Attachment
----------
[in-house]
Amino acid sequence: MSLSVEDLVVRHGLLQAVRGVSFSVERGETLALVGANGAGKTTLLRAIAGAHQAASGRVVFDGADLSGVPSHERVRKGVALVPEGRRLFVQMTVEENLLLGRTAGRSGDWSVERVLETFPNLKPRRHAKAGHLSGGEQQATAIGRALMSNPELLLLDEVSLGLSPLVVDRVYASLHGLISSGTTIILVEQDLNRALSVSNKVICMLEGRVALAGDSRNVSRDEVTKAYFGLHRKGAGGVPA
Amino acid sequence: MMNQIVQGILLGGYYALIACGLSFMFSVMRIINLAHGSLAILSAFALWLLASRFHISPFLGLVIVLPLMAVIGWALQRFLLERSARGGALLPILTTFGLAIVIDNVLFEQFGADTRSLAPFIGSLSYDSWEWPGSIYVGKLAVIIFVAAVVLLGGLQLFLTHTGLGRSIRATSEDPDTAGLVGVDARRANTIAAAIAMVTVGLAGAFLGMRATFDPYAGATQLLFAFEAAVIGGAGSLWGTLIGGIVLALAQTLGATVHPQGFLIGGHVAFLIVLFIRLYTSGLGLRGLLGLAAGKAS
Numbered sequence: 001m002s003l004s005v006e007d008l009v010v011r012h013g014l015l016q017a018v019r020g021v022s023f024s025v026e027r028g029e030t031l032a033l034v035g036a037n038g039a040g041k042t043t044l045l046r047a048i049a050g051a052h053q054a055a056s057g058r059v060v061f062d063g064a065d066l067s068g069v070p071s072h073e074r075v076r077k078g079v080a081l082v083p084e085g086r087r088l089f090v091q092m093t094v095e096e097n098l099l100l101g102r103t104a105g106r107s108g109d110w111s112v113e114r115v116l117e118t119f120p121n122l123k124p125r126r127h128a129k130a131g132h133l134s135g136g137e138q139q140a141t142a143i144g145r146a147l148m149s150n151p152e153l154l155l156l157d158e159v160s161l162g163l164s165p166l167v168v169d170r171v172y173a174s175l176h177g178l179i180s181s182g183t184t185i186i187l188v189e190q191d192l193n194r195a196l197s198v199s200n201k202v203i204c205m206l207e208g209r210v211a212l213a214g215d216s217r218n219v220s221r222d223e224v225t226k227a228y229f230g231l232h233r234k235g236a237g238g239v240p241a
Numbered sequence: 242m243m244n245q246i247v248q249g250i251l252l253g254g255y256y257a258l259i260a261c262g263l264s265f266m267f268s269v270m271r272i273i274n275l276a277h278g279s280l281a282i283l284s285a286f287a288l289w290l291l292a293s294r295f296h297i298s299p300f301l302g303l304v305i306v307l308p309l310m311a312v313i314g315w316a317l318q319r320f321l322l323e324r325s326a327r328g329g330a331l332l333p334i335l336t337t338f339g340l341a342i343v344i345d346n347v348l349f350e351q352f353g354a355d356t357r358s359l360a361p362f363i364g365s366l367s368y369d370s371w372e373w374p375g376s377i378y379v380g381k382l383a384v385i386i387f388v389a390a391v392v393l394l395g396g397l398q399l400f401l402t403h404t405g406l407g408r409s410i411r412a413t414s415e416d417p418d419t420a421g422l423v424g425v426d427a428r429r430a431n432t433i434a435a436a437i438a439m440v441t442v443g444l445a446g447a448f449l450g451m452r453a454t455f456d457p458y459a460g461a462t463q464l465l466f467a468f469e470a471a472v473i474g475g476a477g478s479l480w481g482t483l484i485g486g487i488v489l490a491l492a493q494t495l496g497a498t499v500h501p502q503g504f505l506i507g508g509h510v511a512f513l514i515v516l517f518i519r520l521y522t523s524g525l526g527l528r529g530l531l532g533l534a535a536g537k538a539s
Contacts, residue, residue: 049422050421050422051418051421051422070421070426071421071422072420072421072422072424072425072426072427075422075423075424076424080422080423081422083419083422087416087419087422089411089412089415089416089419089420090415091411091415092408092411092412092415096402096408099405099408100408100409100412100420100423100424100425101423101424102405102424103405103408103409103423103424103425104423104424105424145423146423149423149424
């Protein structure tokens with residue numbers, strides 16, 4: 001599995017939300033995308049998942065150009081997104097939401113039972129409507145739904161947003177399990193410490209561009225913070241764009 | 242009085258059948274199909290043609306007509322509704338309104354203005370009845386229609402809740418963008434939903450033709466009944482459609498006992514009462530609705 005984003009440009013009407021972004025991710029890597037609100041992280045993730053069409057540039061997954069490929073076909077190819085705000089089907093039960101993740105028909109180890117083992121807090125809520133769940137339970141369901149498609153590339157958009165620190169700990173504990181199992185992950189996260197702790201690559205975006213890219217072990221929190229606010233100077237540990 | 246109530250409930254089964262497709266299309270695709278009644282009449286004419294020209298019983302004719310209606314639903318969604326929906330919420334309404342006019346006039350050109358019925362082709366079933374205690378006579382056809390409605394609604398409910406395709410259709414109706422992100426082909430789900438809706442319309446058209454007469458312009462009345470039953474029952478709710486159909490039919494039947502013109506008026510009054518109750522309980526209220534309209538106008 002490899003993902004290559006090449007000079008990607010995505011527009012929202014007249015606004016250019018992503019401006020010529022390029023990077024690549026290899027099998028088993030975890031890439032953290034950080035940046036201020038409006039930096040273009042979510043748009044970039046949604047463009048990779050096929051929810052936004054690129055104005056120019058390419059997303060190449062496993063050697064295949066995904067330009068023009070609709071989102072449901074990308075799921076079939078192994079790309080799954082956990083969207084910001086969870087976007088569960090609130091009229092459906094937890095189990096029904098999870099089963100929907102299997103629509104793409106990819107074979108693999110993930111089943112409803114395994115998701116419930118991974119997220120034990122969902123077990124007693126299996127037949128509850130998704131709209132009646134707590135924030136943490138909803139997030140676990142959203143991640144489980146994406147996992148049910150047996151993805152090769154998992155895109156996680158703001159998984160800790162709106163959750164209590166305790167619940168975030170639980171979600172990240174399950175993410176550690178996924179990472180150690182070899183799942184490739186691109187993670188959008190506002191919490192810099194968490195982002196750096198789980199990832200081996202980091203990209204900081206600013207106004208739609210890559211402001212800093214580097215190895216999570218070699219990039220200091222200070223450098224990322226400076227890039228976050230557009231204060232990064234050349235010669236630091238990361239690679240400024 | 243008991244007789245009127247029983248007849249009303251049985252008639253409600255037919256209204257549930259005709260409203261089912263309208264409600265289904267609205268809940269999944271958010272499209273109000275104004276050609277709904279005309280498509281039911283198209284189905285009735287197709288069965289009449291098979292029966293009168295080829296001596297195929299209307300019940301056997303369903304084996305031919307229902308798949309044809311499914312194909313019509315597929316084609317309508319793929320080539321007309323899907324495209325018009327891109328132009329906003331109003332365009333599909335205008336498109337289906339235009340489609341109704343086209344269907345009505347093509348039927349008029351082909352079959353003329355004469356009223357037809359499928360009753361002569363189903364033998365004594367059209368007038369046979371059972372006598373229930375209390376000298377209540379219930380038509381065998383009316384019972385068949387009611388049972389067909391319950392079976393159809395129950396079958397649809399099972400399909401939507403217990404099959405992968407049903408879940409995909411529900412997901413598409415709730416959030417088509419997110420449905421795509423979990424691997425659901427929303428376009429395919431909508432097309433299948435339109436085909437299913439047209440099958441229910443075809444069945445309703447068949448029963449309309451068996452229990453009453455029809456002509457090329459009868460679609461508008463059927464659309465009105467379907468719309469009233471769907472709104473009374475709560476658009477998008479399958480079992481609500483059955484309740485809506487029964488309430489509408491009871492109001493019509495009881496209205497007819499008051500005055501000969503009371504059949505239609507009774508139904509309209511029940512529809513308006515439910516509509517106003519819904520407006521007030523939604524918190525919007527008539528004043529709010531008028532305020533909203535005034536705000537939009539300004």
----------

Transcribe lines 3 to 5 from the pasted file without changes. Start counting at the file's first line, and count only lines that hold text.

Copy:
Amino acid sequence: MMNQIVQGILLGGYYALIACGLSFMFSVMRIINLAHGSLAILSAFALWLLASRFHISPFLGLVIVLPLMAVIGWALQRFLLERSARGGALLPILTTFGLAIVIDNVLFEQFGADTRSLAPFIGSLSYDSWEWPGSIYVGKLAVIIFVAAVVLLGGLQLFLTHTGLGRSIRATSEDPDTAGLVGVDARRANTIAAAIAMVTVGLAGAFLGMRATFDPYAGATQLLFAFEAAVIGGAGSLWGTLIGGIVLALAQTLGATVHPQGFLIGGHVAFLIVLFIRLYTSGLGLRGLLGLAAGKAS
Numbered sequence: 001m002s003l004s005v006e007d008l009v010v011r012h013g014l015l016q017a018v019r020g021v022s023f024s025v026e027r028g029e030t031l032a033l034v035g036a037n038g039a040g041k042t043t044l045l046r047a048i049a050g051a052h053q054a055a056s057g058r059v060v061f062d063g064a065d066l067s068g069v070p071s072h073e074r075v076r077k078g079v080a081l082v083p084e085g086r087r088l089f090v091q092m093t094v095e096e097n098l099l100l101g102r103t104a105g106r107s108g109d110w111s112v113e114r115v116l117e118t119f120p121n122l123k124p125r126r127h128a129k130a131g132h133l134s135g136g137e138q139q140a141t142a143i144g145r146a147l148m149s150n151p152e153l154l155l156l157d158e159v160s161l162g163l164s165p166l167v168v169d170r171v172y173a174s175l176h177g178l179i180s181s182g183t184t185i186i187l188v189e190q191d192l193n194r195a196l197s198v199s200n201k202v203i204c205m206l207e208g209r210v211a212l213a214g215d216s217r218n219v220s221r222d223e224v225t226k227a228y229f230g231l232h233r234k235g236a237g238g239v240p241a
Numbered sequence: 242m243m244n245q246i247v248q249g250i251l252l253g254g255y256y257a258l259i260a261c262g263l264s265f266m267f268s269v270m271r272i273i274n275l276a277h278g279s280l281a282i283l284s285a286f287a288l289w290l291l292a293s294r295f296h297i298s299p300f301l302g303l304v305i306v307l308p309l310m311a312v313i314g315w316a317l318q319r320f321l322l323e324r325s326a327r328g329g330a331l332l333p334i335l336t337t338f339g340l341a342i343v344i345d346n347v348l349f350e351q352f353g354a355d356t357r358s359l360a361p362f363i364g365s366l367s368y369d370s371w372e373w374p375g376s377i378y379v380g381k382l383a384v385i386i387f388v389a390a391v392v393l394l395g396g397l398q399l400f401l402t403h404t405g406l407g408r409s410i411r412a413t414s415e416d417p418d419t420a421g422l423v424g425v426d427a428r429r430a431n432t433i434a435a436a437i438a439m440v441t442v443g444l445a446g447a448f449l450g451m452r453a454t455f456d457p458y459a460g461a462t463q464l465l466f467a468f469e470a471a472v473i474g475g476a477g478s479l480w481g482t483l484i485g486g487i488v489l490a491l492a493q494t495l496g497a498t499v500h501p502q503g504f505l506i507g508g509h510v511a512f513l514i515v516l517f518i519r520l521y522t523s524g525l526g527l528r529g530l531l532g533l534a535a536g537k538a539s